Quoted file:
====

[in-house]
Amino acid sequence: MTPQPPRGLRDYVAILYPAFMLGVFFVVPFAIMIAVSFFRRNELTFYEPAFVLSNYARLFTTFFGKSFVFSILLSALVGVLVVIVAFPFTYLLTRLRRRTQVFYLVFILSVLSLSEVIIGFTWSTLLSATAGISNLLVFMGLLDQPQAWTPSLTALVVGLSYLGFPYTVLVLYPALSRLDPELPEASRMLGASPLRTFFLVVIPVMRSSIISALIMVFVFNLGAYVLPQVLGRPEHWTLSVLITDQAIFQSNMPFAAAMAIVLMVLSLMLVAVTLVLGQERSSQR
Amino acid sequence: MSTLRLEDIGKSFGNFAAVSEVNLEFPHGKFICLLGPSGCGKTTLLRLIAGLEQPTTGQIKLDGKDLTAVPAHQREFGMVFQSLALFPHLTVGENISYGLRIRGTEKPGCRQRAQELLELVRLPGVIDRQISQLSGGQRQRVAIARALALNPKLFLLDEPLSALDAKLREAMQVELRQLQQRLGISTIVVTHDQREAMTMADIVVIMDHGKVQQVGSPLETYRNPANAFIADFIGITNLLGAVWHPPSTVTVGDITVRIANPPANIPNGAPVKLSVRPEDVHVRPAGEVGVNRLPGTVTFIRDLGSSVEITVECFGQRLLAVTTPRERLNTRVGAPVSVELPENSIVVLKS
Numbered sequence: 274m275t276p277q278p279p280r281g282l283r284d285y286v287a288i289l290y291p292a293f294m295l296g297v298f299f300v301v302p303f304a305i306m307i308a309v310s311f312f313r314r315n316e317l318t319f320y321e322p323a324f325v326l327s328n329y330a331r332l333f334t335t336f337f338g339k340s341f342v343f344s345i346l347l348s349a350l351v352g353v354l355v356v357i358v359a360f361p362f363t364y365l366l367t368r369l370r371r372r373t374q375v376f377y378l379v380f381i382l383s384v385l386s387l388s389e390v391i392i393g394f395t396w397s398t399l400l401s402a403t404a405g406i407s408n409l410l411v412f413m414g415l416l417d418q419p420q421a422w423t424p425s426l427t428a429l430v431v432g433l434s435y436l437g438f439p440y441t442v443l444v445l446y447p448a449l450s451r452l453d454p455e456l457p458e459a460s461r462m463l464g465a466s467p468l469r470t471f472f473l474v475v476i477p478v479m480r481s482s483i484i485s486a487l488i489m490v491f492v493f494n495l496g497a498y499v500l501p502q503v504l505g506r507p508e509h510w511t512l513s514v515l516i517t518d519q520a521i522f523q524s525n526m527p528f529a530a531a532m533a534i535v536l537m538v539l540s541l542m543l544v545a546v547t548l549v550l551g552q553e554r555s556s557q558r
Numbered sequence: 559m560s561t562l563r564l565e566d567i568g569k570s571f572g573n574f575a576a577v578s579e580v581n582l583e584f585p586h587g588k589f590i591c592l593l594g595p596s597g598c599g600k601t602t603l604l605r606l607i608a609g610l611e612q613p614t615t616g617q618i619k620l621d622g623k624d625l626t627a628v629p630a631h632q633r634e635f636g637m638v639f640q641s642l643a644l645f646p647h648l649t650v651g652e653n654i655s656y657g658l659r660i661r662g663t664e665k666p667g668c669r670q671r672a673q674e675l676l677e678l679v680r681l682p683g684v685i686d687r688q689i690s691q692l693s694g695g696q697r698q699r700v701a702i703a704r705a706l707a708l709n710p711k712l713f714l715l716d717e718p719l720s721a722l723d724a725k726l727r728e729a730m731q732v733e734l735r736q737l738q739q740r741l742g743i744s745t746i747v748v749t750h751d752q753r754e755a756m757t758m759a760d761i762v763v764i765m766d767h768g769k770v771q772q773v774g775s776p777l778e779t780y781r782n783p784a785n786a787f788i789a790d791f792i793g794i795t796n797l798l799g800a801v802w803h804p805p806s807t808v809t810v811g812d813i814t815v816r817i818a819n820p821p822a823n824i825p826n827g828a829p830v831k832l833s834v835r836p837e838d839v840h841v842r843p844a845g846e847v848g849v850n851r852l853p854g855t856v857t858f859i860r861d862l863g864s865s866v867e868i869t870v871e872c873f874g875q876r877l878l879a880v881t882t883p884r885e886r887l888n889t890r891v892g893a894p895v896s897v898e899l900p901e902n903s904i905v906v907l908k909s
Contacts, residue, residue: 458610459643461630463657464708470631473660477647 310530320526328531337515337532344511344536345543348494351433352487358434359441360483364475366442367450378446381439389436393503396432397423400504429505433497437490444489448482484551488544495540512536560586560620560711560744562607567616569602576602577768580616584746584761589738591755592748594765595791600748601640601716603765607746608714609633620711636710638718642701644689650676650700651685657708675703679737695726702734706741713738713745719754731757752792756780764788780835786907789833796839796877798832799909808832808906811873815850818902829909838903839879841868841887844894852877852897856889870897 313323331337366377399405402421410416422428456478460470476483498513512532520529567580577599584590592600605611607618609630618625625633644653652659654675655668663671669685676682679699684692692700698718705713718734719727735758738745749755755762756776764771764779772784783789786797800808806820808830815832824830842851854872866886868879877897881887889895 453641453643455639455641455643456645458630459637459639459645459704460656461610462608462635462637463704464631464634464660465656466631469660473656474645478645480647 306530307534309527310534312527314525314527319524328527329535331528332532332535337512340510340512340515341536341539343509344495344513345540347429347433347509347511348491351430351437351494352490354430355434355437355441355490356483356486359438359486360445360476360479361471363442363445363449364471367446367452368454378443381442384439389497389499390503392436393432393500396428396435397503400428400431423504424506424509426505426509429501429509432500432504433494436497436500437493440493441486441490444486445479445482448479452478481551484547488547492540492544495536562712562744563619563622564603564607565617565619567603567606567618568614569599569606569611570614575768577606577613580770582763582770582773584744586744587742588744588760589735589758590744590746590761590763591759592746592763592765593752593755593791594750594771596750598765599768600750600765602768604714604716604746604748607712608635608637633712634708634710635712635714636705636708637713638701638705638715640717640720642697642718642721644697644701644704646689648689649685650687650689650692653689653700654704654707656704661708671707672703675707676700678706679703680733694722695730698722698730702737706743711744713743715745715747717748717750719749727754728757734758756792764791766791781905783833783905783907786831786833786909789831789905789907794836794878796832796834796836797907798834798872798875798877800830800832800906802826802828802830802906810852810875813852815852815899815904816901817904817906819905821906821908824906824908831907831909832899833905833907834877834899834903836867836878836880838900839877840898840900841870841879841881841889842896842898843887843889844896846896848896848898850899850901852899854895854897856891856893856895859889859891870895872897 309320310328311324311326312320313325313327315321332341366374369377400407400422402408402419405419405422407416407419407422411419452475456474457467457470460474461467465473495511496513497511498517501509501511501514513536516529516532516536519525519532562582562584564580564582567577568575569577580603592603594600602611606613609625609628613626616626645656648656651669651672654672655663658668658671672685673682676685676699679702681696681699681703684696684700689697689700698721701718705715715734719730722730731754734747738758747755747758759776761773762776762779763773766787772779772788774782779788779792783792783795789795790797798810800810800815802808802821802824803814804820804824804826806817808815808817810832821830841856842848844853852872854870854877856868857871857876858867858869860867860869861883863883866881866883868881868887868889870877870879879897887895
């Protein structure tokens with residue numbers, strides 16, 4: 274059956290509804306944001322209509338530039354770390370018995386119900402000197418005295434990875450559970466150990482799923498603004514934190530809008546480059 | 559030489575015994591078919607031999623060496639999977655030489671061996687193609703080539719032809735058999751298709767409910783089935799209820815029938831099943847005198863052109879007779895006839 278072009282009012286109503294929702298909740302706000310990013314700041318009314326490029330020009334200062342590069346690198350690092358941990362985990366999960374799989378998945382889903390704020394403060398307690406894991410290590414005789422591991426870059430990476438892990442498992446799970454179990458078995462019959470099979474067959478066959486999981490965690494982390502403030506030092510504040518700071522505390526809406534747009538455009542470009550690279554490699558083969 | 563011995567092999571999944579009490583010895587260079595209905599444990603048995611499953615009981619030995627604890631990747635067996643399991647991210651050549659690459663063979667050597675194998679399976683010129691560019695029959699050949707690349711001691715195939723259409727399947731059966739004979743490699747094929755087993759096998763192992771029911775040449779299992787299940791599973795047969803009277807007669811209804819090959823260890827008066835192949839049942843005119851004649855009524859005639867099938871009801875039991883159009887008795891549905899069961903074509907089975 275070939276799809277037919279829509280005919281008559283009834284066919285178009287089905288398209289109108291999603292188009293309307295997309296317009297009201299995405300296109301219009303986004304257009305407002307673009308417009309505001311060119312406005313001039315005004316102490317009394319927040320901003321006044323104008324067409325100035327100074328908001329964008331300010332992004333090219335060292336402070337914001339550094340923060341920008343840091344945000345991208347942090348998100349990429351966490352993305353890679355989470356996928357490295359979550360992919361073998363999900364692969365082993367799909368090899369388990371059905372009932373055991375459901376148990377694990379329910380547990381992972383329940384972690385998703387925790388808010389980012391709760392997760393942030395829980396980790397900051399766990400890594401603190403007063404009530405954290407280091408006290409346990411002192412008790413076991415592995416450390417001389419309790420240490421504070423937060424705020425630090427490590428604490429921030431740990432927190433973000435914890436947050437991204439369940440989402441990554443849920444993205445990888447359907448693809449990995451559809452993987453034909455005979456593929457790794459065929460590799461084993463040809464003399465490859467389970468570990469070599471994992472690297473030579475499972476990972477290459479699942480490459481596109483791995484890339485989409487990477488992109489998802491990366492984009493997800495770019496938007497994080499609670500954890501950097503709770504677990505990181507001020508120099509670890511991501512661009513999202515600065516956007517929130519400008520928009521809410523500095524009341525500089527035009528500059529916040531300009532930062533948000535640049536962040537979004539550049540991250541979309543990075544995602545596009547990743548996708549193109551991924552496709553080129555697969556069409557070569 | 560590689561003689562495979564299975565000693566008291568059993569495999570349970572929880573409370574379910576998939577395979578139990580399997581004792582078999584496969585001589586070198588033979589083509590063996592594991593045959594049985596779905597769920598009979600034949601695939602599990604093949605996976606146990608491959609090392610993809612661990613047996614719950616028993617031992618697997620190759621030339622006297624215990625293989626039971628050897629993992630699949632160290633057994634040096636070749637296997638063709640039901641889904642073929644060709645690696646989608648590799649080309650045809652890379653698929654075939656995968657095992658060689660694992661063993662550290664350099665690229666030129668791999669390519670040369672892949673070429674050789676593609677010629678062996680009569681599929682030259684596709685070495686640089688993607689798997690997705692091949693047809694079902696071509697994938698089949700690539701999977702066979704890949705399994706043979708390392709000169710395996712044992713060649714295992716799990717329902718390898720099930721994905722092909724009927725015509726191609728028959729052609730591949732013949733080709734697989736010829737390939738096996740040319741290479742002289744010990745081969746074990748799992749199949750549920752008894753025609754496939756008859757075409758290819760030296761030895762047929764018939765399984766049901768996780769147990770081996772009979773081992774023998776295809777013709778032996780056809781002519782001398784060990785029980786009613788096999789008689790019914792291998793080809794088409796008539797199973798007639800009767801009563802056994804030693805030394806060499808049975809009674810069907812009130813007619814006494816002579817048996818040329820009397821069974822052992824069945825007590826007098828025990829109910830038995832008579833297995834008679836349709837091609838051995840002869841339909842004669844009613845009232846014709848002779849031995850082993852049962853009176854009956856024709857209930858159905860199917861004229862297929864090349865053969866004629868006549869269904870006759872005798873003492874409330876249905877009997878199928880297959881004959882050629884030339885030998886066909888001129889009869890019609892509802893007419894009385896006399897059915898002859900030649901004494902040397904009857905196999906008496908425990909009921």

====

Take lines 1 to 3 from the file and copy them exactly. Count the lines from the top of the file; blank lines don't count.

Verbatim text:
[in-house]
Amino acid sequence: MTPQPPRGLRDYVAILYPAFMLGVFFVVPFAIMIAVSFFRRNELTFYEPAFVLSNYARLFTTFFGKSFVFSILLSALVGVLVVIVAFPFTYLLTRLRRRTQVFYLVFILSVLSLSEVIIGFTWSTLLSATAGISNLLVFMGLLDQPQAWTPSLTALVVGLSYLGFPYTVLVLYPALSRLDPELPEASRMLGASPLRTFFLVVIPVMRSSIISALIMVFVFNLGAYVLPQVLGRPEHWTLSVLITDQAIFQSNMPFAAAMAIVLMVLSLMLVAVTLVLGQERSSQR
Amino acid sequence: MSTLRLEDIGKSFGNFAAVSEVNLEFPHGKFICLLGPSGCGKTTLLRLIAGLEQPTTGQIKLDGKDLTAVPAHQREFGMVFQSLALFPHLTVGENISYGLRIRGTEKPGCRQRAQELLELVRLPGVIDRQISQLSGGQRQRVAIARALALNPKLFLLDEPLSALDAKLREAMQVELRQLQQRLGISTIVVTHDQREAMTMADIVVIMDHGKVQQVGSPLETYRNPANAFIADFIGITNLLGAVWHPPSTVTVGDITVRIANPPANIPNGAPVKLSVRPEDVHVRPAGEVGVNRLPGTVTFIRDLGSSVEITVECFGQRLLAVTTPRERLNTRVGAPVSVELPENSIVVLKS